Cheshire

Cheshire

County

The arms were officially granted on May 3, 1938.

The shield displays the trio of golden wheatsheaves on blue which have been associated with the Earldom of Chester since the late 12th century. The shield is the same as that known to have been used as the city arms of Chester in 1560 and which can be seen on the bridge at Eastgate, Chester. From 1779 this shield was occasionally used as the Chester Assay Office hallmark.

The crest is a royal lion between two ostrich feathers, referring to the Principality and Palatinate, upon a red mural crown alluding to Chester’s sandstone walls. The feathers franking the shield are supported by gold lions derived from the arms of the third and fourth Earls of Chester.

Chester

The arms were officially granted in 1975.

The arms are those of the city of Chester, with a gold bordure charged with acorns, representing the rural areas added to the city in 1974.

In 1975 two oak branches were added to the crest for the two rural districts and the two castles were added to the supporters for heraldic difference.

Cheshire Chester Charles Roe Halfpenny Conder Token

Obverse: Cypher: “R & Co”: “CHESTER” (Roe & Company) with owl crest.

Reverse: Design of three castles and the points of the compass: “PROMISSORY * HALFPENNY * PAYABLE * AT

Edge: Engrailed

D&H 5 Diameter 29.0 mm.

This was issued by Charles Roe who became a partner in several copper mines, and the famous Anglesey Mines in Wales were first worked under his direction. Roe & Co., owned extensive works for smelting and making copper on land to the east of Macclesfield.

Macclesfield

The arms were officially granted in 1974 and replaced the previous arms from 1960.

In the new arms the lion and garb remained, but a blue bordure with eight gold garbs, representing the eight old Cheshire councils merged in the new borough was added.

The crest represents the Knutsford-Bucklow-Wilmslow area. The grassy mound represents Bucklow Hill, which gave its name to an ancient hundred and modern Rural District. The red lion represents the Egertons of Tatton, who held the hundred’s Court Leet. This lion appeared in Knutsford’s crest. Red lions also occur in the arms of the local Legh, Mallory and Leigh families.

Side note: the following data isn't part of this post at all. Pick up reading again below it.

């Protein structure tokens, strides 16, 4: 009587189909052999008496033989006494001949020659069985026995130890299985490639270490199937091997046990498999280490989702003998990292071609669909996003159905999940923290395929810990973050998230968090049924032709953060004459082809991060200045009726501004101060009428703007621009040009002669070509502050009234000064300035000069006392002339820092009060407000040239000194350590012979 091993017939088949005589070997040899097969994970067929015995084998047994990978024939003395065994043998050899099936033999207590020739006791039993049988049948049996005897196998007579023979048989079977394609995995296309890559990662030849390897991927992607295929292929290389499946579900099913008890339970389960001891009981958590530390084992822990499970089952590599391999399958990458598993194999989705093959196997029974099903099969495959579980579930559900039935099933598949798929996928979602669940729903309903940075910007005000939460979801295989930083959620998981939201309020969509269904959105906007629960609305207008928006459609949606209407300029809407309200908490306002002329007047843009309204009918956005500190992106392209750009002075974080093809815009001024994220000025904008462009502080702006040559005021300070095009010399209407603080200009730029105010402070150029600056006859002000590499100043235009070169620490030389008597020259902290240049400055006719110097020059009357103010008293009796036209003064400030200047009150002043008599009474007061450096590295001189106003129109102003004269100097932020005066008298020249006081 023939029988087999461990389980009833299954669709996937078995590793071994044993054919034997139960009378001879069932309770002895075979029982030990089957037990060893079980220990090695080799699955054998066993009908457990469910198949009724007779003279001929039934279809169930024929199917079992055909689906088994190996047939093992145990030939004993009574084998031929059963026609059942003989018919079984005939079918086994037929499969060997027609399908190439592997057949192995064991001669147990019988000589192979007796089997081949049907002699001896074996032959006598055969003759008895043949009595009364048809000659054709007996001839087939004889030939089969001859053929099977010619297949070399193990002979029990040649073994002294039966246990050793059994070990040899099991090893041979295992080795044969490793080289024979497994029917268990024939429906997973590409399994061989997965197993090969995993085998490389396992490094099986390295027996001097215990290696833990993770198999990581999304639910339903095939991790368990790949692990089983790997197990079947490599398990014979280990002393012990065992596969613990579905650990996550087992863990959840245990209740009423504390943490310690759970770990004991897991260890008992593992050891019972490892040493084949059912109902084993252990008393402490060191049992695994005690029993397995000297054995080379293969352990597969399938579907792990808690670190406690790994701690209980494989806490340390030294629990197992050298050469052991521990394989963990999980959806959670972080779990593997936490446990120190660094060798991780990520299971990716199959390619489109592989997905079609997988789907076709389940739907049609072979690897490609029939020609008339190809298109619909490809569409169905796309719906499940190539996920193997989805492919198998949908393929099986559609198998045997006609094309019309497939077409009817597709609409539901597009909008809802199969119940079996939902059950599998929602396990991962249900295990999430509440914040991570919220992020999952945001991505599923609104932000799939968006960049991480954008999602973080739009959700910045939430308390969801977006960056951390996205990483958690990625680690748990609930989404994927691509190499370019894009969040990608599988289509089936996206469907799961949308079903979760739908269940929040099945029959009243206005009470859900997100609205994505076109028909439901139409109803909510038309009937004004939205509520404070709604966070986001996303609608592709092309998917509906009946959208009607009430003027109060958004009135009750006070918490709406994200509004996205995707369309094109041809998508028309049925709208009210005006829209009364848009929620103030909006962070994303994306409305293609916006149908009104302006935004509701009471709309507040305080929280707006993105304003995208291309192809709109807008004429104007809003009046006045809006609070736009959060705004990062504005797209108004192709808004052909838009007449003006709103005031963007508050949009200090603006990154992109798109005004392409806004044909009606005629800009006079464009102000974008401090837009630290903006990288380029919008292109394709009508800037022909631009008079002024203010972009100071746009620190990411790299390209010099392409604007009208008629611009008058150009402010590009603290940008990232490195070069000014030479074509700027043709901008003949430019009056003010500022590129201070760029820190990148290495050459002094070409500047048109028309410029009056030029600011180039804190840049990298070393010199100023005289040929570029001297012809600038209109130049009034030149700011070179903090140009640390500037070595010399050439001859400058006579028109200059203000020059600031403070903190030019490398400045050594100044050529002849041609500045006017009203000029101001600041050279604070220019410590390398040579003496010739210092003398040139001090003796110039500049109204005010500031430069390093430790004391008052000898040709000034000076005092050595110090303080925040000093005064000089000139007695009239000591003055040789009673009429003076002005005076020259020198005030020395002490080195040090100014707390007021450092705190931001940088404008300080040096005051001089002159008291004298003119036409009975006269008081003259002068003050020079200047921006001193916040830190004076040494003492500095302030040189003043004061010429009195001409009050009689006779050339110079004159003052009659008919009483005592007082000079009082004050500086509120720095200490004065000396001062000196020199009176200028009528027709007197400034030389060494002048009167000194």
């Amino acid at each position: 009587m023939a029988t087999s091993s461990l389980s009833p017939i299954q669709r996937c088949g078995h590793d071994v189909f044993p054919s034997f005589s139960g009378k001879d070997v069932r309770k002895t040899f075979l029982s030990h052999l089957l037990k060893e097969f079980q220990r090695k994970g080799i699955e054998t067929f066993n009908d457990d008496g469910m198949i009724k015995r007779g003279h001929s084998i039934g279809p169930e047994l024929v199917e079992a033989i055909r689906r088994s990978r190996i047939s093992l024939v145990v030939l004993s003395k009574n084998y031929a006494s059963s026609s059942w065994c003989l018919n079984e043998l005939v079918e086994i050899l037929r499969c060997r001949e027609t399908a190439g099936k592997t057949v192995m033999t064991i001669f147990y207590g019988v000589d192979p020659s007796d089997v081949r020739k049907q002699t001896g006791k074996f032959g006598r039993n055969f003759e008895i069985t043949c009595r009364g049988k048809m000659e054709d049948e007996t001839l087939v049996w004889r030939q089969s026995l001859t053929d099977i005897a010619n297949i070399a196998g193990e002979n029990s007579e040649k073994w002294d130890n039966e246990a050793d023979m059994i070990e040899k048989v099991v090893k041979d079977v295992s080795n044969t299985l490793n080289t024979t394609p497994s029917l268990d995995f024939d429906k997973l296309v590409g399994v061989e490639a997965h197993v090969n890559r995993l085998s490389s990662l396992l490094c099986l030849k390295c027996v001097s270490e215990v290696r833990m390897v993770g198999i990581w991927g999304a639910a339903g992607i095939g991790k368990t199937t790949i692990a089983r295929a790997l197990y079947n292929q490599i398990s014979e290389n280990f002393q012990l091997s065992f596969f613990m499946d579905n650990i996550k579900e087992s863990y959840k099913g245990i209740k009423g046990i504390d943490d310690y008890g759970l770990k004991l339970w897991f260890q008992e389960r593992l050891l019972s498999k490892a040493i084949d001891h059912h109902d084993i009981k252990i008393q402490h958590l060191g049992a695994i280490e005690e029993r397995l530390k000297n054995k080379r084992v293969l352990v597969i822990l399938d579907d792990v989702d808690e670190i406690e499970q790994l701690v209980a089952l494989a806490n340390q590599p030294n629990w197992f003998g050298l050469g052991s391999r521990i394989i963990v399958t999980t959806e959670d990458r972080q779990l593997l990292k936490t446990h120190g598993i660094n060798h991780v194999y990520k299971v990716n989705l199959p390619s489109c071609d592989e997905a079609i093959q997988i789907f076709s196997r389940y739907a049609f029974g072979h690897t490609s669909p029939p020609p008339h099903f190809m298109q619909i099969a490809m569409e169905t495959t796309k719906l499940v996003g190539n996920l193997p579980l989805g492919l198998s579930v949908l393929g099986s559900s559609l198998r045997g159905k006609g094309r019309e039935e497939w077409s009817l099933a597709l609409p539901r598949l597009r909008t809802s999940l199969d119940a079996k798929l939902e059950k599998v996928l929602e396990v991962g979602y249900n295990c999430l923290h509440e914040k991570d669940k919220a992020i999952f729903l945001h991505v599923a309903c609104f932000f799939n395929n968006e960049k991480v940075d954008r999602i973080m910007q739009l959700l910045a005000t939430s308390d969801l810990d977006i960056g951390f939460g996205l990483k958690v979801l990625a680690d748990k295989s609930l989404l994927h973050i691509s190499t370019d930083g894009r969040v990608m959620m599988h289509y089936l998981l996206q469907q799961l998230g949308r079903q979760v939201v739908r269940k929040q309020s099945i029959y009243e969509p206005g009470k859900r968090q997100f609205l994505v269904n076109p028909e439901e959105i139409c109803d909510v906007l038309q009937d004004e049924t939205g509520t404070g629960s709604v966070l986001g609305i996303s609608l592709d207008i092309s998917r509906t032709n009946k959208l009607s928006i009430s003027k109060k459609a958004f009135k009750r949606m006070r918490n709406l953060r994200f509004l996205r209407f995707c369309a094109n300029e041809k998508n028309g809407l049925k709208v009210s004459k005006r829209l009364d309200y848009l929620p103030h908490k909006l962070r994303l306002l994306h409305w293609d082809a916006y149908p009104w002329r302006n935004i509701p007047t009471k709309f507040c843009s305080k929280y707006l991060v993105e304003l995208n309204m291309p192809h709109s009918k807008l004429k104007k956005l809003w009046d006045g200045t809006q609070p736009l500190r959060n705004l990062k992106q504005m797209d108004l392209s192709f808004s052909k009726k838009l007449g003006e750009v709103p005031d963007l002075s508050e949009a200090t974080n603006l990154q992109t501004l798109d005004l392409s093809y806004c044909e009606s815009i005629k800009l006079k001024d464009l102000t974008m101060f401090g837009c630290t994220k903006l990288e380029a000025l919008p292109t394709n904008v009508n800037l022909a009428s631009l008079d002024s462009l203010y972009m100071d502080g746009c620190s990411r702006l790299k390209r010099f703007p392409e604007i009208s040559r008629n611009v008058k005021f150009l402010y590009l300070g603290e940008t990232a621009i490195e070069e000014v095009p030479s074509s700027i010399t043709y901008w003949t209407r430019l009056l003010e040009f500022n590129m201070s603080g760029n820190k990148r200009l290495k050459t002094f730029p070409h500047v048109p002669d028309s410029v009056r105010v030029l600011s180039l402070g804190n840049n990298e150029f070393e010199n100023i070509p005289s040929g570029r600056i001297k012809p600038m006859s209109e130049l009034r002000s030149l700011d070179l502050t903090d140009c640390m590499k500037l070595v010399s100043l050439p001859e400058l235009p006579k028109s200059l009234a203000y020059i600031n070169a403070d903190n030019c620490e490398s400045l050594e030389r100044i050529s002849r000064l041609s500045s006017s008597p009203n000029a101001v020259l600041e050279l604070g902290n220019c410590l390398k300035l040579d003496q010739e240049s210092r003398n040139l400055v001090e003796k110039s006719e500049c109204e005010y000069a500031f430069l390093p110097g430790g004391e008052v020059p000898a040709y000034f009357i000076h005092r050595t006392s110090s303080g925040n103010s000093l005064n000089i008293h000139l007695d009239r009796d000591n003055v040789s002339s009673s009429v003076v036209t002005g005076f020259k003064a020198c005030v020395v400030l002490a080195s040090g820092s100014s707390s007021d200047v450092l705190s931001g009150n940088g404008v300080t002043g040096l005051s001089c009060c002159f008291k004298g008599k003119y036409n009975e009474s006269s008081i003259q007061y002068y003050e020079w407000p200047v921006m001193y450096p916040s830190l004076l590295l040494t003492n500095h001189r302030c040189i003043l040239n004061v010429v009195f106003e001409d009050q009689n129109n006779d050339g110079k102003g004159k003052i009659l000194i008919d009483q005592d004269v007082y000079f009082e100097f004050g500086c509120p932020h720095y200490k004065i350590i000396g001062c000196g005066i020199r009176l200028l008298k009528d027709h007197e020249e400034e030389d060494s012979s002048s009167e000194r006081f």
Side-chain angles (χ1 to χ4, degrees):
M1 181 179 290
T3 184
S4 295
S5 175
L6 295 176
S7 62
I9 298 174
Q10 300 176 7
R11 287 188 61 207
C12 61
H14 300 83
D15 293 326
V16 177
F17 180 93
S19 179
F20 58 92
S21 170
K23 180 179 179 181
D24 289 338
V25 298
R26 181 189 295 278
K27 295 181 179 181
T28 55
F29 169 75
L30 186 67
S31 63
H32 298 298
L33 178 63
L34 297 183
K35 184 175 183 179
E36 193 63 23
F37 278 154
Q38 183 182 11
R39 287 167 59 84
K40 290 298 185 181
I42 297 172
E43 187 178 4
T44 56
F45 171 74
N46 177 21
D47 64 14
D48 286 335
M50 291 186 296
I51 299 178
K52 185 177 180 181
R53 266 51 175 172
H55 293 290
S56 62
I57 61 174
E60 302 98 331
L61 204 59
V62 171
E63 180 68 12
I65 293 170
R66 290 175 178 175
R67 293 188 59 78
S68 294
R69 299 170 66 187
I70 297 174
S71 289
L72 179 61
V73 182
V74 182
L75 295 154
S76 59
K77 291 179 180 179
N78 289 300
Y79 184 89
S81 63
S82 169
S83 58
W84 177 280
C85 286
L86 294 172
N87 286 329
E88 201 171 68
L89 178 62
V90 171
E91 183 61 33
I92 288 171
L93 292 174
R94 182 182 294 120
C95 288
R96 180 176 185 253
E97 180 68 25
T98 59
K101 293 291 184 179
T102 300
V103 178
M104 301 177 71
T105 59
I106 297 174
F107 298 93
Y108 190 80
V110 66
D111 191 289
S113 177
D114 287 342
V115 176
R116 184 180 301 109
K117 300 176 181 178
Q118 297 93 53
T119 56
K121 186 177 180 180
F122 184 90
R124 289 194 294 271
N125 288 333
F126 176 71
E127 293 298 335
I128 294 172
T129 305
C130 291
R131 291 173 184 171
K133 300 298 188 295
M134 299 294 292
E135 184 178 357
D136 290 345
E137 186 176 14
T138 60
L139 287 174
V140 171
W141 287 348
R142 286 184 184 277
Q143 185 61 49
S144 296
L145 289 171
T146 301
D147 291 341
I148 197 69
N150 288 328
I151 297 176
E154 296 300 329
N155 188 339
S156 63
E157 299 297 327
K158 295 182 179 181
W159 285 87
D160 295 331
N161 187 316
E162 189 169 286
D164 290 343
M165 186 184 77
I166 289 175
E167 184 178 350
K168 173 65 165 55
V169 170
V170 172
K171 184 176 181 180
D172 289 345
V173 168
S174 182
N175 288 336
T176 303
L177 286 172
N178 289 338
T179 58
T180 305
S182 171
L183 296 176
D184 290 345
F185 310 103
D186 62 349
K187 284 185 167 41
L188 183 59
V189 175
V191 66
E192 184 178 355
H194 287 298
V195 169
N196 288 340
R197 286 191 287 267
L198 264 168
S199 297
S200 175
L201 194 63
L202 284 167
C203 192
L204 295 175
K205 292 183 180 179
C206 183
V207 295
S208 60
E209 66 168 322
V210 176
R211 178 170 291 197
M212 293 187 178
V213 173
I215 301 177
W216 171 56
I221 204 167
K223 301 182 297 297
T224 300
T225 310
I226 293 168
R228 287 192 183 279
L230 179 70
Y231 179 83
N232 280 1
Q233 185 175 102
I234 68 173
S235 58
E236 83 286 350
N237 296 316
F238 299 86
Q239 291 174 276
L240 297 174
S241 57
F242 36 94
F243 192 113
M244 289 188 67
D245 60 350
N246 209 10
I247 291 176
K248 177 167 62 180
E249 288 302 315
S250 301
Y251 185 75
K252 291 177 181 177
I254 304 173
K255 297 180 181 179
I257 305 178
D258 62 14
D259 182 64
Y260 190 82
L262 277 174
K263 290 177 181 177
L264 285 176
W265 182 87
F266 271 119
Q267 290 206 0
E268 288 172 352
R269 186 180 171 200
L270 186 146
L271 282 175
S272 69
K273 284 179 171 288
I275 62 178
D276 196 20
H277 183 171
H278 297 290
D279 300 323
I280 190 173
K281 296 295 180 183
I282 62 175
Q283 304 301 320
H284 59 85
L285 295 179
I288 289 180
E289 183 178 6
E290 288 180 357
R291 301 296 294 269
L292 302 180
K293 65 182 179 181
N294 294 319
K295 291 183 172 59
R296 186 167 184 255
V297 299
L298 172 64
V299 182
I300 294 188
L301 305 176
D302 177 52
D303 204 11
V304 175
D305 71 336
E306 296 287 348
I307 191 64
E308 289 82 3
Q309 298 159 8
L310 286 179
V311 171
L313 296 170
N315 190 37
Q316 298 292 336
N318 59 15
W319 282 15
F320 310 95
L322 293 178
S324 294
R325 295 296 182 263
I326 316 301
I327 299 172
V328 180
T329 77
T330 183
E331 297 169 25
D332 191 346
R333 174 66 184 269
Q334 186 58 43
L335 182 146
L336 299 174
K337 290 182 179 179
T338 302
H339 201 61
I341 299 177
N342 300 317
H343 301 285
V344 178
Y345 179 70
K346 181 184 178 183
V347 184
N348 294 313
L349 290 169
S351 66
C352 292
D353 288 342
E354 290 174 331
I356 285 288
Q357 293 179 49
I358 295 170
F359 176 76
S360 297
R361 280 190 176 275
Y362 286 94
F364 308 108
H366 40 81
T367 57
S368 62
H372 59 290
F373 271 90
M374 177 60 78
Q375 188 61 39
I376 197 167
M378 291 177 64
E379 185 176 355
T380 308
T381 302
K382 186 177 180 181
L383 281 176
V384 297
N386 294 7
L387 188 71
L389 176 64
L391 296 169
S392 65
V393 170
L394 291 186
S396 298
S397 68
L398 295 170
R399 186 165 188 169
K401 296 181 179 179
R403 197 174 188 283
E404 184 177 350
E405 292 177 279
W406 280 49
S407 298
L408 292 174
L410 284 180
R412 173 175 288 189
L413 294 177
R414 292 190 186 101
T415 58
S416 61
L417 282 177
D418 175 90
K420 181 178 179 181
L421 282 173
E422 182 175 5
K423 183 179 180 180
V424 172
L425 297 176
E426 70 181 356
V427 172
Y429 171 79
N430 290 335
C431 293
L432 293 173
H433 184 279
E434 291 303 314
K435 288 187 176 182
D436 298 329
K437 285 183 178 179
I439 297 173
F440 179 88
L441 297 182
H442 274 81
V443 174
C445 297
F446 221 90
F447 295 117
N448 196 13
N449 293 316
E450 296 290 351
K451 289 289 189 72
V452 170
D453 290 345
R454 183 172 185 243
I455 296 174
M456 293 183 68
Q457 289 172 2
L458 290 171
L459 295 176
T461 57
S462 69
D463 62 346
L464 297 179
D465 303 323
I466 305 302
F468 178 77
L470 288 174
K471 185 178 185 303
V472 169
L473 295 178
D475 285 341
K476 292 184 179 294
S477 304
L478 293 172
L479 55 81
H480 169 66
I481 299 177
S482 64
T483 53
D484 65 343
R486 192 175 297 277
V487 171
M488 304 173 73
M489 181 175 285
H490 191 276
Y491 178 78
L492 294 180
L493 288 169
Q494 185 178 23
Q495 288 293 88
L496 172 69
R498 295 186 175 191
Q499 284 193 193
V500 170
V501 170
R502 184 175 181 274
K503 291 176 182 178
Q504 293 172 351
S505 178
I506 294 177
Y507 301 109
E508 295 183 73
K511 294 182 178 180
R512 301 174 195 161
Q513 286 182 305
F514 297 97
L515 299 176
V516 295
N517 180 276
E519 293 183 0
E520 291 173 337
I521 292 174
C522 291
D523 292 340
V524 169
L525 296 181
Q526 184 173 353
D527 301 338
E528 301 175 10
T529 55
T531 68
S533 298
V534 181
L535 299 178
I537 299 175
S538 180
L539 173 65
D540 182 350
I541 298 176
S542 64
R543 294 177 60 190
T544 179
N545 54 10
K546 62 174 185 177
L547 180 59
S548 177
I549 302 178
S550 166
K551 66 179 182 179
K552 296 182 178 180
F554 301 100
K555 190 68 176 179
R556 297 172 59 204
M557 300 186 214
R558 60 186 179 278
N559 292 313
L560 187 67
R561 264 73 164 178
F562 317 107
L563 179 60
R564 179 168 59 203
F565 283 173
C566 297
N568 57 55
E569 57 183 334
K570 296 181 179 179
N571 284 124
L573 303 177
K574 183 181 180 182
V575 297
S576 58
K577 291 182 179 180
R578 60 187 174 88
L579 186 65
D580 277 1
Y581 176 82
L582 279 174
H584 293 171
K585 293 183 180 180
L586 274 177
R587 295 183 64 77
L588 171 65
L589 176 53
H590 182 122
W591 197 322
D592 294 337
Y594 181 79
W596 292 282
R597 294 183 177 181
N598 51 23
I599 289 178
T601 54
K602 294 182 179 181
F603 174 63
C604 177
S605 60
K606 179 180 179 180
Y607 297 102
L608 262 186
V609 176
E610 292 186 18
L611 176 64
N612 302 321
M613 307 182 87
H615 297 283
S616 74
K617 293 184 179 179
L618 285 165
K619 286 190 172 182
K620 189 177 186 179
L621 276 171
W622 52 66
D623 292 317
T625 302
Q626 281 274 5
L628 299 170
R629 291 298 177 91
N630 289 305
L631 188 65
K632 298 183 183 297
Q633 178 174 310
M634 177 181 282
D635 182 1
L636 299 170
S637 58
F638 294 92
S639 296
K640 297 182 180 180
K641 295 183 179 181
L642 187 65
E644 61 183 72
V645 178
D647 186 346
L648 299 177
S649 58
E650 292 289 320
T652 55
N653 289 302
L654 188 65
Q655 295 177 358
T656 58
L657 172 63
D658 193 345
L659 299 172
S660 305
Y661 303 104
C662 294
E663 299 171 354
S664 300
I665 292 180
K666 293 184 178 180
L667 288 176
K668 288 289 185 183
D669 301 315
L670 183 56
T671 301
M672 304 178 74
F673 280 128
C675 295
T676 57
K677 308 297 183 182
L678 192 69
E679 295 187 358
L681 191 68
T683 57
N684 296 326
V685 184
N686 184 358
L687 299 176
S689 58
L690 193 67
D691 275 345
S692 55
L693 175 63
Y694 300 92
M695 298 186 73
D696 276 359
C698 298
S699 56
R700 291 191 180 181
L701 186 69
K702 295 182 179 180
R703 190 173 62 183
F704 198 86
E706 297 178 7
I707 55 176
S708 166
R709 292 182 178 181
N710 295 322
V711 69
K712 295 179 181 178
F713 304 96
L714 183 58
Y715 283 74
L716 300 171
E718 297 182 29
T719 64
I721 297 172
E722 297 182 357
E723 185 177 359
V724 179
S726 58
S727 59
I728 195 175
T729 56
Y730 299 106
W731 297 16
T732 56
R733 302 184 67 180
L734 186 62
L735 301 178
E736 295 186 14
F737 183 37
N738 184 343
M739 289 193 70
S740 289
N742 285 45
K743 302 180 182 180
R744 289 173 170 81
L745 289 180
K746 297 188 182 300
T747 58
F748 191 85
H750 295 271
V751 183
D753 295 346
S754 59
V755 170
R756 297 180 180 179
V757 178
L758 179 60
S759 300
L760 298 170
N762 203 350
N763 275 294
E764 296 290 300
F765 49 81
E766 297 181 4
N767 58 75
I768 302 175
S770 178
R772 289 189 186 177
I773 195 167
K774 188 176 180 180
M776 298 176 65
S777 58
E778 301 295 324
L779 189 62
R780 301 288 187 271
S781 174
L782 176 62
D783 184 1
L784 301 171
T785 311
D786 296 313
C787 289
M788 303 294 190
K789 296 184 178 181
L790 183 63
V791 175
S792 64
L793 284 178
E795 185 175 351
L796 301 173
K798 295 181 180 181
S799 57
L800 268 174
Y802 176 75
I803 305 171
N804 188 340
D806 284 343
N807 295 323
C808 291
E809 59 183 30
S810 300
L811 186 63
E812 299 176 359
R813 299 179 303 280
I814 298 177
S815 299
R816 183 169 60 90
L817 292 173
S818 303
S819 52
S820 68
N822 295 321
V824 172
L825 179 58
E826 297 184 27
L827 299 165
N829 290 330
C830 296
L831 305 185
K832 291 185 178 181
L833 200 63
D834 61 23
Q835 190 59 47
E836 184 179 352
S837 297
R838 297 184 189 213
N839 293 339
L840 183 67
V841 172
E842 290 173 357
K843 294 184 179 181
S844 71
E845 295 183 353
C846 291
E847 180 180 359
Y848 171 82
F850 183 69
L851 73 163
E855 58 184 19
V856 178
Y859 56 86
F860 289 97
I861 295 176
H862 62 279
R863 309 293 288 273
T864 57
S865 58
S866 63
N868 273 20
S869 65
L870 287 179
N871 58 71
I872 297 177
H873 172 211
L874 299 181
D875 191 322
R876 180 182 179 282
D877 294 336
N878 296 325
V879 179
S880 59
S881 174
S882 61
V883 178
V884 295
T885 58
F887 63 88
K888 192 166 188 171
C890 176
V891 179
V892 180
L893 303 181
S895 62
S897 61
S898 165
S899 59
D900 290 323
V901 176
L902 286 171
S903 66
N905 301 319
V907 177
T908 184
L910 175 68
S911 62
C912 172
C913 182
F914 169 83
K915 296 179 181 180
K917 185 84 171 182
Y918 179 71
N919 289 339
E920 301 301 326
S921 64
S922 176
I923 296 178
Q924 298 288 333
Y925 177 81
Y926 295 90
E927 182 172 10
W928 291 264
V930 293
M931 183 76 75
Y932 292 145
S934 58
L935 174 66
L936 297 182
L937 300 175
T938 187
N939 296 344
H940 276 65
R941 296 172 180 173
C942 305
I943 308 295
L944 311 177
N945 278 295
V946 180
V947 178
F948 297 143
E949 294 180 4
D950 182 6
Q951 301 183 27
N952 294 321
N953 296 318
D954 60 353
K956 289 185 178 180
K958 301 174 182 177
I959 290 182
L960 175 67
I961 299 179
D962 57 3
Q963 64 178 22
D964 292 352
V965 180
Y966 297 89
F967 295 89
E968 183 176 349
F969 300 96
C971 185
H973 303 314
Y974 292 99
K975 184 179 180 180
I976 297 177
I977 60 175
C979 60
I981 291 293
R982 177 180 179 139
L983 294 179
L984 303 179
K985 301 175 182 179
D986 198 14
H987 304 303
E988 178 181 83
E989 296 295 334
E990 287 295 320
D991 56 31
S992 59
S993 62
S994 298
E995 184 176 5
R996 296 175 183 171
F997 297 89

The antique crown occurred in the crests of both Knutsford (coloured gold) and Wilmslow (coloured red). In Knutsford’s case it referred to King Cnut, in Wilmslow’s to the Greg family. In the new crest the crown has a red circlet and gold points. The crest is completed by the white estoile of the Honford family.

The supporters are for the Macclesfield Forest area, which included the towns of Alderley Edge, Bollington and Disley. They are gold stags, from the arms of the Stanley Earls of Derby, Master Foresters and Hereditary Stewards of the Liberty and Hundred of Macclesfield. Stags also occur in the arms of other local families – the Stopfords, Downs and Shrigley families.
Around their necks are garlands of laurel, from the seal of Bollington UDC. From this hangs a black cross-crosslet of the Davenport family, who held the Master Forestership in Norman times. The stags are each standing on a black hunting horn. These occurred in the Sherd and Sutton family arms, who held land in the forest.

The motto – MEMORES BONI CONSILII – Mindful of our worthy purpose – gives the council’s initials.

Cheshire Macclesfield Charles Roe Halfpenny Conder Token

Obverse: Bust of Charles Roe to right: CHARLES ROE ESTABLISHED THE COPPER WORKS 1758

Reverse: Seated female holding cogwheel and tool. Top bar on right points between the Ns, lower bar points to foot of Y, with legend: MACCLESFIELD HALFPENNY 1790

Edge: PAYABLE AT MACCLESFIELD, LIVERPOOL OR CONGLETON * X *

D&H Cheshire No: 20. A. 12. Diameter 30.2 mm.

Cheshire Macclesfield Charles Roe Halfpenny Conder Token

Obverse: Bust of Charles Roe to right: CHARLES ROE ESTABLISHED THE COPPER WORKS 1758

Reverse: Seated female holding cogwheel and tool. Top bar on right points between the Ns, lower bar points to foot of Y, with legend: MACCLESFIELD HALFPENNY 1790. The loop of rope
shorter and level with top of stand.

Edge: PAYABLE AT MACCLESFIELD, LIVERPOOL OR CONGLETON * X *

D&H Cheshire No: 27. Diameter 30.2 mm.

Charles Roe became a partner in several copper mines, and the famous Anglesey Mines in Wales were first worked under his direction. Roe & Co., owned extensive works for smelting and making copper on land to the east of Macclesfield.

A collection of predominantly English coins from the Tudor era to the present day

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